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Celtics Jayson Tatum has built up a ton of trust in Year 1

The sharp shooting rookie is currently pushing his way through that rookie wall
Celtics, Jayson Tatum
Jayson Tatum has excelled in Year 1 with the Celtics. Getty Images

When the Celtics traded the No. 1 overall pick to the Philadelphia 76ers and proceeded to draft Jayson Tatum at No. 3, the move was met with some skepticism.

Armchair scouts wondered if the Celtics would regret passing up on point guard Markelle Fultz, a player many most likely didn't see much of during his one year at the University of Washington.

But it's probably safe to say there isn't much of any doubt remaining when it comes to whether or not Celtics President of Basketball Operations made the right move.

Tatum has shown superstar potential during his rookie campaign while Fultz has dealt with injuries and shooting mechanics with things as simple as free throws.

The two are at such completely different ends of the spectrum right now that the debate on which player will have a better career has ceased, at least for now.

But Tatum is still being discussed around town, and for good reason.

After all, this is a player that many feel the Celtics will be able to build around for years to come. Others, perhaps in a bid to re-live that magical 2007-08 season, might be more willing to part with him in a package deal if that means bringing back a superstar player such as Anthony Davis to put next to Kyrie Irving and Gordon Hayward, immediately making the C's favorites out of the Eastern Conference.

What everyone can probably agree on, though, is that the All-Star break came just in time for the C's and their young guns like Tatum.

A quick look at some stats will tell you that Tatum may have hit that dreaded rookie wall that the long NBA season brings.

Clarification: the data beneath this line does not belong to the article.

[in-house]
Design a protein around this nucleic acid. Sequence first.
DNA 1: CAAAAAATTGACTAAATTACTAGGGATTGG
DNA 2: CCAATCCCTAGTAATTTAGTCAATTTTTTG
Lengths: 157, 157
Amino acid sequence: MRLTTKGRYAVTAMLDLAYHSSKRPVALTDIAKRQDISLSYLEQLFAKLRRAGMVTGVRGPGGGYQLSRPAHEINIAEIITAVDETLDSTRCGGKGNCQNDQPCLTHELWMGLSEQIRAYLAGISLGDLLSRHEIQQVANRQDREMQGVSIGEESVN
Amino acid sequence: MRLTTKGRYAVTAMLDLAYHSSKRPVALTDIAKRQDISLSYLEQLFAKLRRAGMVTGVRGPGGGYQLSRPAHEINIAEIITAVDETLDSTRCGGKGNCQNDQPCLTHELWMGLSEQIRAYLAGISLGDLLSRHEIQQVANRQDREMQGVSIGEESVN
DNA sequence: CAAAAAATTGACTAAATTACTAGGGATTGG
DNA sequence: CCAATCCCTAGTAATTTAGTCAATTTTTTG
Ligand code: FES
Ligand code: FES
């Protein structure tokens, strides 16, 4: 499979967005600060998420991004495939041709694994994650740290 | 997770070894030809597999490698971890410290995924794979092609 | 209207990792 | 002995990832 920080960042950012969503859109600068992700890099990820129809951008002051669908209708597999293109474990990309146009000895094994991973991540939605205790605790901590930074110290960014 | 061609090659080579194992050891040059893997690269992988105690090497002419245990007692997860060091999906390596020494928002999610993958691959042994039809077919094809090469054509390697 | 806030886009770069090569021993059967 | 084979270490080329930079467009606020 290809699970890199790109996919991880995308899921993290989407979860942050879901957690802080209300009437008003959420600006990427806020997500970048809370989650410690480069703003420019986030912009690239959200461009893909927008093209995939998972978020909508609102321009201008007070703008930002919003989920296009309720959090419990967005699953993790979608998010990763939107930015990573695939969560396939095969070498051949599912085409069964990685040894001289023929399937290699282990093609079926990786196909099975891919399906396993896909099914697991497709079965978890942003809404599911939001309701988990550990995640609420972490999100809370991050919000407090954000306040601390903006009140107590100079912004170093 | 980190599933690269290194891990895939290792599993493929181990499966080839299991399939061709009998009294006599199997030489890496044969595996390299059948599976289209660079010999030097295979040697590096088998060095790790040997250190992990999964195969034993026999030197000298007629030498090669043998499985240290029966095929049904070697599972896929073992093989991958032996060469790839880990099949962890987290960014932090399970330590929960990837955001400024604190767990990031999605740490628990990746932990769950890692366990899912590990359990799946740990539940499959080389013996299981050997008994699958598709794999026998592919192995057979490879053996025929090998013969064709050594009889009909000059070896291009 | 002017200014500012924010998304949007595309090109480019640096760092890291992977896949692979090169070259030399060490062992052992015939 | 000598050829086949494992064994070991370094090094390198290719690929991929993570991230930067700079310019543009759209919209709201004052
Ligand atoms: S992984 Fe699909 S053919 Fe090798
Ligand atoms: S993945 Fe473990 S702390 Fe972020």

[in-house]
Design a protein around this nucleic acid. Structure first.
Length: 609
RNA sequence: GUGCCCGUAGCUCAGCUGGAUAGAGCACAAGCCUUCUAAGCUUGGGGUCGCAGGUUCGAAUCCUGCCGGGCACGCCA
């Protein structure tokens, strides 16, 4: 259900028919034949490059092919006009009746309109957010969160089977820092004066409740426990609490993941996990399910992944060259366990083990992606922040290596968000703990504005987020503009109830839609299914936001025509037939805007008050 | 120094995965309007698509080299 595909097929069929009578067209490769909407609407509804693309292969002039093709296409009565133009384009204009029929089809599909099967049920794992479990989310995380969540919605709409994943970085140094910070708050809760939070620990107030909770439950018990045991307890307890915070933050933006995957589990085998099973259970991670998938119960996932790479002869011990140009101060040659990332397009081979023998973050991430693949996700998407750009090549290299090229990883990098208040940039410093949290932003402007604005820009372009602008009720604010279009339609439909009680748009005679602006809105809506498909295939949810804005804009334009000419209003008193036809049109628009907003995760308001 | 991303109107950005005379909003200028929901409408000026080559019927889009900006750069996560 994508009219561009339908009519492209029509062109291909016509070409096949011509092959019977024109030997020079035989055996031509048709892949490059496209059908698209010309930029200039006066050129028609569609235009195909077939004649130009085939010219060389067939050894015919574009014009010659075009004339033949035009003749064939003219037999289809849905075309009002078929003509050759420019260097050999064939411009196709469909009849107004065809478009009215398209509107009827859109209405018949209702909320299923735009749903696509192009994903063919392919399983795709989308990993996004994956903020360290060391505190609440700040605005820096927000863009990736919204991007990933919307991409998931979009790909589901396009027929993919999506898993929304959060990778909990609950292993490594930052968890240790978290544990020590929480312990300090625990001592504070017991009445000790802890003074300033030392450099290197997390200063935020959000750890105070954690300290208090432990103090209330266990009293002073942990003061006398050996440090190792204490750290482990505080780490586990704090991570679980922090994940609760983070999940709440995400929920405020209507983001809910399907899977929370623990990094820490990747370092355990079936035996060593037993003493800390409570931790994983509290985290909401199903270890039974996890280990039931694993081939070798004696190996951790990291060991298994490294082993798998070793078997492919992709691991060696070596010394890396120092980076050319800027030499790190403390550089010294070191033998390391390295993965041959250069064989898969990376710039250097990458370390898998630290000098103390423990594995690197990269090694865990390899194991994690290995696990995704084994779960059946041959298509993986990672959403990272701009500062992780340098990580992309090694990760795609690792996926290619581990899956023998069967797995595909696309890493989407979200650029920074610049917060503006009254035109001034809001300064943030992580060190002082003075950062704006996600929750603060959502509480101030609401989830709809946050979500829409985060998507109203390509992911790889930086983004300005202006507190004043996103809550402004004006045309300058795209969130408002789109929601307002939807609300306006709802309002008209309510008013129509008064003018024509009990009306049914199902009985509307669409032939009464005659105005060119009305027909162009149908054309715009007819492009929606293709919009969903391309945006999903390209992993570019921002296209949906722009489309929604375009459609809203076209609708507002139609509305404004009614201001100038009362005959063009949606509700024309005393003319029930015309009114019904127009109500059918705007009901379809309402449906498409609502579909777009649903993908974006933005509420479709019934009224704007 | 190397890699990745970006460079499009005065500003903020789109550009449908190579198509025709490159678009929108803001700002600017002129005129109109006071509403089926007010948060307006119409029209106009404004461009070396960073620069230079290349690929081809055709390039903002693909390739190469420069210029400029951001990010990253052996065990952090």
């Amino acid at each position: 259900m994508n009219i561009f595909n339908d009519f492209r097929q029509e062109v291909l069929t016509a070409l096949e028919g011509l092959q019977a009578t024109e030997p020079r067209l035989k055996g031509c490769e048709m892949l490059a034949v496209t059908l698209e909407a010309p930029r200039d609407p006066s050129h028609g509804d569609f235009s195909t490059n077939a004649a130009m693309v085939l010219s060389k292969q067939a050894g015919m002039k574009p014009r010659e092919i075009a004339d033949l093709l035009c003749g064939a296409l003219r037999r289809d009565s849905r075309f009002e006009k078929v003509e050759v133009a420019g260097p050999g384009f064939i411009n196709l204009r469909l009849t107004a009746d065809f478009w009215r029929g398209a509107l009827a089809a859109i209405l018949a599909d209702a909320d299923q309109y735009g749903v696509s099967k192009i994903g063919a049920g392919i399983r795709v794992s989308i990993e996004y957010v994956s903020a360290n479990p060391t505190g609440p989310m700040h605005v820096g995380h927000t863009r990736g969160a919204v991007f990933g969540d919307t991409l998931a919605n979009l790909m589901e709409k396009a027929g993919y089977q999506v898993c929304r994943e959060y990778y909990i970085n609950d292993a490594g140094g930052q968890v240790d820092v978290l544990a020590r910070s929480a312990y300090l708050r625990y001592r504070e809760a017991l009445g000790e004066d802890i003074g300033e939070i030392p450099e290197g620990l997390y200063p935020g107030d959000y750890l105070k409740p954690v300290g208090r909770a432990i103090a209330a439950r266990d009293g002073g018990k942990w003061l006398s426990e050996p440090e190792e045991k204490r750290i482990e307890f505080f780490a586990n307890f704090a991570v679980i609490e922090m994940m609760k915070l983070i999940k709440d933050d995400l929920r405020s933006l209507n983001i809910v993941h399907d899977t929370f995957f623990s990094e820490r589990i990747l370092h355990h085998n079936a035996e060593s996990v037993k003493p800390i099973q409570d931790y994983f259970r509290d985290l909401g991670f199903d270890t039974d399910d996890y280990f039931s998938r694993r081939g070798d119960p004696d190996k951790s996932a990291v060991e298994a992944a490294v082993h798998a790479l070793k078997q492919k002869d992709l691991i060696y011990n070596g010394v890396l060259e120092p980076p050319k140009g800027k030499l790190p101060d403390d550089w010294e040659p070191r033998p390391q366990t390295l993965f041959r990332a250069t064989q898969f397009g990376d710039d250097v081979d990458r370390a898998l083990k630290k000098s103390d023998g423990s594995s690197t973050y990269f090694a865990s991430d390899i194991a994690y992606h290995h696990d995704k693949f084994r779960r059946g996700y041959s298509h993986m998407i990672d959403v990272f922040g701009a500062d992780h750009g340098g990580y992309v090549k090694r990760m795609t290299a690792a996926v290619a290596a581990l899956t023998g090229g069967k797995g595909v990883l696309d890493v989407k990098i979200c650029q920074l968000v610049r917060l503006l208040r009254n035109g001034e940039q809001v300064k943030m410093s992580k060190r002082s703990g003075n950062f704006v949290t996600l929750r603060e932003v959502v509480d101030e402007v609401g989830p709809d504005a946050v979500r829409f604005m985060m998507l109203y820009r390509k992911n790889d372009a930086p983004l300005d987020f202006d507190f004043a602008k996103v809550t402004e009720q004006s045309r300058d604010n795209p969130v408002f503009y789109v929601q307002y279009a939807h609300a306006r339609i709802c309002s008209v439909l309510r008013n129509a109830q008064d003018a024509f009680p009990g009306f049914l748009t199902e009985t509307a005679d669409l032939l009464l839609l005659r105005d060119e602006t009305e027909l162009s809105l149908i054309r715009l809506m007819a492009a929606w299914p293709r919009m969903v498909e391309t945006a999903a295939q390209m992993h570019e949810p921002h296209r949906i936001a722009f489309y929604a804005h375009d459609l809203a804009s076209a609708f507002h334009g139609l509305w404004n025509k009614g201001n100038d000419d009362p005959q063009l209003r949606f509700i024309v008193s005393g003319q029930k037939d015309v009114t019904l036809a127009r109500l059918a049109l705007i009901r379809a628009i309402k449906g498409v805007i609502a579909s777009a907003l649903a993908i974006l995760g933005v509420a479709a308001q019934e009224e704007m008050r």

From the beginning of the season to the end of December (40 games), Tatum averaged 14.1 points on 50.8-percent shooting from the field while grabbing 5.6 rebounds. But from the beginning of January up until the All Star break, those numbers dipped to 12.3 points per game on 41.9 percent shooting and 4.2 rebounds.

Of course Tatum was not going to remain at the top of the NBA in three-point field goal percentage, where he was to begin the season. Through his first 33 games, Tatum shot a staggering 51.5-percent from three-point range. Since then, he's come back down to earth, shooting just 32.5-percent over his last 28 games. That still gives him a very respectable three-point shooting percentage of 42.9-percent.

The drop in play, combined with the Celtics recent struggles heading into the break and the return of Marcus Smart to the court, had many thinking Brad Stevens would tinker with the starting lineup and potentially move Tatum to the bench.

Through two post-All-Star break games, though, Tatum has remained in the starting lineup – and the C’s are 2-0.

But perhaps there shouldn’t be so much focus on who’s starting the game, and instead who’s out there at the end of games.

As of Sunday, Tatum led all of the NBA in fourth-quarter plus/minus, at plus-149, meaning while he’s on the court in the 4th quarter, the Celtics have outscored opponents by 149 points.

Rookie wall or not, expect to see plenty of Tatum down the stretch as the Celtics position themselves for a playoff run.

 
 
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